Nauplius larvae, released by ArSLK or GFP RNAi-treated Artemia adults, were collected for stress treatment as described above. Fifty larvae were used for each group. The number of free-swimming nauplius larvae was recorded every 5 min in the heat shock, acidic pH and UV irradiation stress groups.

All data are given as means + SE from three independent repetitions. All statistical analyses were performed by a two-tailed, paired Student's t test, and the differences were considered significant for P<0.01.


Identification and characterization of ArSLK cDNA

The full-length cDNA encoding ArSLK was isolated from Artemia parthenogenetica. A sequence analysis revealed that the 4396 bp cDNA encodes a 1340 amino acid protein with a predicted molecular mass of 153.1 kD (Fig. 1).

Figure 1. The nucleotide sequence and deduced amino acid sequence of ArSLK.

The start and stop codons are indicated by bold and underlined text. The conserved N-terminal kinase domain (residues 1–349) is boxed. The coiled-coil domain at the C-terminus (residues 879–1279) is indicated by grey highlighting.

Alignment of the N-terminal amino acid sequence of ArSLK revealed that the kinase domain is conserved across multiple species (Fig. 2A). The consensus sequence G46-X-G48-X-X-G51, which is essential for ATP binding, and the adjacent V53 residue, which is necessary for the correct positioning and interaction of the conserved glycine residues with ATP, were identified. A conserved lysine residue within the ATP-binding site was identified at position 68, and the Ste20 signature motif (IGTPYWMAPEV), characteristic of SLK family members [14], was also identified at residues 196-207 (Fig. 2A).

Figure 2. Sequence analysis of ArSLK.

(A) Alignment of the amino acid sequence of the N-terminal kinase domain of ArSLK with those of SLKs from other species. The Ste20 signature sequence is highlighted and conserved amino acid residues are indicated by asterisks. The black shaded areas represent identical amino acid residues. (B) Analysis of the coiled-coil region of the ArSLK. The probability of formation of a coiled-coil structure was calculated for each residue with a window of 28 amino acids using the ‘COILS’ program. (C) Phylogenetic analysis of the amino acid sequences of SLKs from multiple species. GenBank accession numbers of the sequences used in the amino acid alignment and phylogenetic analysis are as follows: Artemia parthenogenetica, KC818632; Drosophila melanogaster, NP_726441; Aedes aegypti, XP_001649074; Daphnia pulex, EFX76394; Danio rerio, NP_001139073; Homo sapiens, NP_055535; Xenopus laevis, NP_001079164. Cluex quinquefasciatus, XP_001864707; Nasonia vitripennis, XP_001603525; Xenopus troplicalis, NP_001072623; Mus musculus, NP_033315; Schistosoma mansoni, AAN72832; Clonorchis sinensis, GAA30009.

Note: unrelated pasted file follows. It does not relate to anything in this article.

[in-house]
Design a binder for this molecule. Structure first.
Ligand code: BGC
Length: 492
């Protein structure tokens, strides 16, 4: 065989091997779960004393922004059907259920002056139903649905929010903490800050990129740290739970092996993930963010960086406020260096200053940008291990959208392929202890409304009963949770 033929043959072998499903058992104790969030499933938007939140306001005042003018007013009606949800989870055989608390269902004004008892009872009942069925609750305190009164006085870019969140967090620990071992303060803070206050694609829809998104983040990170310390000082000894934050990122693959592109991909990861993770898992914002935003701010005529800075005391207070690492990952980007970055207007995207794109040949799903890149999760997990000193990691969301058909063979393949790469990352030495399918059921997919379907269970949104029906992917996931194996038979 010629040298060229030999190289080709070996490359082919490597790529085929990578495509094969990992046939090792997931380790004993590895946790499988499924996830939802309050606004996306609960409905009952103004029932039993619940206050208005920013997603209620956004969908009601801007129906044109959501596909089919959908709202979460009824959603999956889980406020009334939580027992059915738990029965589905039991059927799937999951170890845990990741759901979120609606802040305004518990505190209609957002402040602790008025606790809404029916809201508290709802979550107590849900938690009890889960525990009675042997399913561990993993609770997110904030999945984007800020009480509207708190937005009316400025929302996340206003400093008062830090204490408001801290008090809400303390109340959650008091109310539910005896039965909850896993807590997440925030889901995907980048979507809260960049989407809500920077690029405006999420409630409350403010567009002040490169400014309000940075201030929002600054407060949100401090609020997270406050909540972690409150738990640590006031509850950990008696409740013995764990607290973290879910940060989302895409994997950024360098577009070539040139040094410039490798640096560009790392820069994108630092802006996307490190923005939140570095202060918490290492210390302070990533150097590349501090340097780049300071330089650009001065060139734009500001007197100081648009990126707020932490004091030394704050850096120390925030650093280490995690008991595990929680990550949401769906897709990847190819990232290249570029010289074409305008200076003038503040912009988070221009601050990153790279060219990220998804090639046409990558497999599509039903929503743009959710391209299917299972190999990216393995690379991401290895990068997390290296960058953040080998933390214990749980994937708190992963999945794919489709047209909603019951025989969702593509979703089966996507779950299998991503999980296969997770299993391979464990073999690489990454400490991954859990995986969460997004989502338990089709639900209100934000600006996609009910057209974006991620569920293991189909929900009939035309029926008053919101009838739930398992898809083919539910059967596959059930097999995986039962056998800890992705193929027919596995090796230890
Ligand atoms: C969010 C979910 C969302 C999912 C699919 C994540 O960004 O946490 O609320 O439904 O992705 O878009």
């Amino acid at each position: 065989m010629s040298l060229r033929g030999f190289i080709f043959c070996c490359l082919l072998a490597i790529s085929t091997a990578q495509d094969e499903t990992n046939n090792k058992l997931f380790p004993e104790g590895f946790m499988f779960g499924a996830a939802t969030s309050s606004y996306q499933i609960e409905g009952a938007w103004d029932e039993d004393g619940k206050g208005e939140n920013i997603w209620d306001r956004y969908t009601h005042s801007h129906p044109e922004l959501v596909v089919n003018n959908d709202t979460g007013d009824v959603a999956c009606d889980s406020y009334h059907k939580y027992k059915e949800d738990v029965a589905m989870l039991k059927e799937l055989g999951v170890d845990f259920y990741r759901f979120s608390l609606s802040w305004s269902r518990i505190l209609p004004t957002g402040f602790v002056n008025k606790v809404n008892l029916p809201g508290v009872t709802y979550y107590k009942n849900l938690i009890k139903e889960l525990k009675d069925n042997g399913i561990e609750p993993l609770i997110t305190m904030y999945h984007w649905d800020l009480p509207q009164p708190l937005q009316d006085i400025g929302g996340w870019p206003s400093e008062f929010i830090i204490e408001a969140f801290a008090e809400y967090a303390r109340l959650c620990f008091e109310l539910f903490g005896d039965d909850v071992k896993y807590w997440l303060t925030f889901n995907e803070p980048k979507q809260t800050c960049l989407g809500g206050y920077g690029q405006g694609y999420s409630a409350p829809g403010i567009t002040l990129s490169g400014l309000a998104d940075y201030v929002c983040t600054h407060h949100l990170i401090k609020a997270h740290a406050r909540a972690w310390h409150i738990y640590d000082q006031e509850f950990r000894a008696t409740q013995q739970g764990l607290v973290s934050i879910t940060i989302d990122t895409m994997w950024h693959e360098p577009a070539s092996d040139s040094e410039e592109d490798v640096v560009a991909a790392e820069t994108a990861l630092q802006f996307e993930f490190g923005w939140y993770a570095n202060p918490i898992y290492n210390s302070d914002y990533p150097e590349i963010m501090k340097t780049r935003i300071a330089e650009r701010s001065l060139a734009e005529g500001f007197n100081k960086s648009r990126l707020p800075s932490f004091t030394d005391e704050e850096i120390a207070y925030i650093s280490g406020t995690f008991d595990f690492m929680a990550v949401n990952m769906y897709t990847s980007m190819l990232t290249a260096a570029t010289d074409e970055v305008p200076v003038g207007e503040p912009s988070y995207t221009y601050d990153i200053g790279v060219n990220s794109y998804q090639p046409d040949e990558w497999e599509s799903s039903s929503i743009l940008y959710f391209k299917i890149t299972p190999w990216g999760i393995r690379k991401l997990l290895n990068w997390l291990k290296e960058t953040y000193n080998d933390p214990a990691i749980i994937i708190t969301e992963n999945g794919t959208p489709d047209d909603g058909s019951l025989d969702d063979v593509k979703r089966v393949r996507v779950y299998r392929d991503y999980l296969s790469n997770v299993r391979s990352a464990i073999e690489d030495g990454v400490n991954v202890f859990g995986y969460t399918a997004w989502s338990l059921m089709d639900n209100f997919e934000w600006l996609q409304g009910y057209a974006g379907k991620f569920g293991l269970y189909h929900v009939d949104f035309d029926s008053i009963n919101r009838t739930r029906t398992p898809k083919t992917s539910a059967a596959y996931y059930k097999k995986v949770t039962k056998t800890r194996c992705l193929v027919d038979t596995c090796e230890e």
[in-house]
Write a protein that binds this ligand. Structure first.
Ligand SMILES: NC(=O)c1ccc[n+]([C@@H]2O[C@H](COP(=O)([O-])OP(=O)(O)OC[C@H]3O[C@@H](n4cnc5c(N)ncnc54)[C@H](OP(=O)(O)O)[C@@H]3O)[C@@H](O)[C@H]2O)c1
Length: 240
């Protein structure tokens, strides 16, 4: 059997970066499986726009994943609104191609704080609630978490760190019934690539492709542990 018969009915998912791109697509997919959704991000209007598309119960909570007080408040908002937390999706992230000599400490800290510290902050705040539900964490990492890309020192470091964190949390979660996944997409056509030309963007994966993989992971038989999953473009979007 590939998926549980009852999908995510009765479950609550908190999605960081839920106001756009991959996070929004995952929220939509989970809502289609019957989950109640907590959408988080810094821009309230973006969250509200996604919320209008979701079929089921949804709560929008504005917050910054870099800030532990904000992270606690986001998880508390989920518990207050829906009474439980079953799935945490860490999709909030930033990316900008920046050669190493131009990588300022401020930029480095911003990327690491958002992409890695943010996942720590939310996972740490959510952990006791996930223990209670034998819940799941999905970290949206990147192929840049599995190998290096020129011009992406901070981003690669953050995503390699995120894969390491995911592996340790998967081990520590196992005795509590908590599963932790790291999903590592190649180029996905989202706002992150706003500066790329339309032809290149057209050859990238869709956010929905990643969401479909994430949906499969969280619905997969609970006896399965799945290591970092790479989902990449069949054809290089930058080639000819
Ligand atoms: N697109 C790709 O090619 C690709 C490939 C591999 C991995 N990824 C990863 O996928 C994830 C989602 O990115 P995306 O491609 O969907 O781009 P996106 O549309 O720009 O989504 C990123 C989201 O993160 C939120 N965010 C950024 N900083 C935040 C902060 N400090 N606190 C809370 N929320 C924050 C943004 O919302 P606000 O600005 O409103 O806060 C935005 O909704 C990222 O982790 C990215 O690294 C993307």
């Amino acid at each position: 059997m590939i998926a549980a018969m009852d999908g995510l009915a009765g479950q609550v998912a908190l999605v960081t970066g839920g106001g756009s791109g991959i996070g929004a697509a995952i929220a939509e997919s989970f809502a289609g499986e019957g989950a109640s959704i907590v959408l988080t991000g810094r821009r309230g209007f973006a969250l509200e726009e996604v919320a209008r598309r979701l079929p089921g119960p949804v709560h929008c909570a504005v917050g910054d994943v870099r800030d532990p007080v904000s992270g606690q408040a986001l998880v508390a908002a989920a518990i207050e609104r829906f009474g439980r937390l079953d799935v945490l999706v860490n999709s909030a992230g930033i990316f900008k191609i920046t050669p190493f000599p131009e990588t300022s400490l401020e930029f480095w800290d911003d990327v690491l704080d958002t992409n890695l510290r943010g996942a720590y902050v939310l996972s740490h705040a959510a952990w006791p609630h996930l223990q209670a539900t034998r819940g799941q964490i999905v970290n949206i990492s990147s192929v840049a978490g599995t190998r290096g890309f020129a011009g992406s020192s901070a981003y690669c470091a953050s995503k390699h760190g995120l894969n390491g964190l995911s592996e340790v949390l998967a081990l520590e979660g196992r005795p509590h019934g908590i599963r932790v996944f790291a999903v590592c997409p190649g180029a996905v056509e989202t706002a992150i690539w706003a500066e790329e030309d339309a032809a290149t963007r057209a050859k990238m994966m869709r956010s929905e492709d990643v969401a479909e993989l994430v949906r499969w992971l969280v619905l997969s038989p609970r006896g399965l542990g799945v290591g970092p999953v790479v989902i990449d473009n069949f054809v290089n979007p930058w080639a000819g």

The structure of ArSLK was predicted using the ‘COILS’ program [28]. The result revealed that the C-terminal region of the protein, spanning residues 880-1280, has a high probability of forming a coiled-coil conformation (Fig. 2B). A phylogenetic analysis, performed using the method of Hanks and Hunter [29], revealed that ArSLK is in the crustacean clade and is closely related to SLK from Daphnia pulex (Fig. 2C).

Expression of ArSLK in Artemia during development

Real-time PCR was used to analyze the amounts of the ArSLK mRNA. There were no significant differences between ArSLK mRNA amounts in any stage of the two developmental pathways (Fig. 3A). But amounts of ArSLK mRNA were higher in the late oocyte stage (LO) than in all other stages of both pathways (Fig. 3A). Amounts of ArSLK mRNA were highest during earlier development (4–16 h) compared to later periods (20–48 h) (Fig. 3B).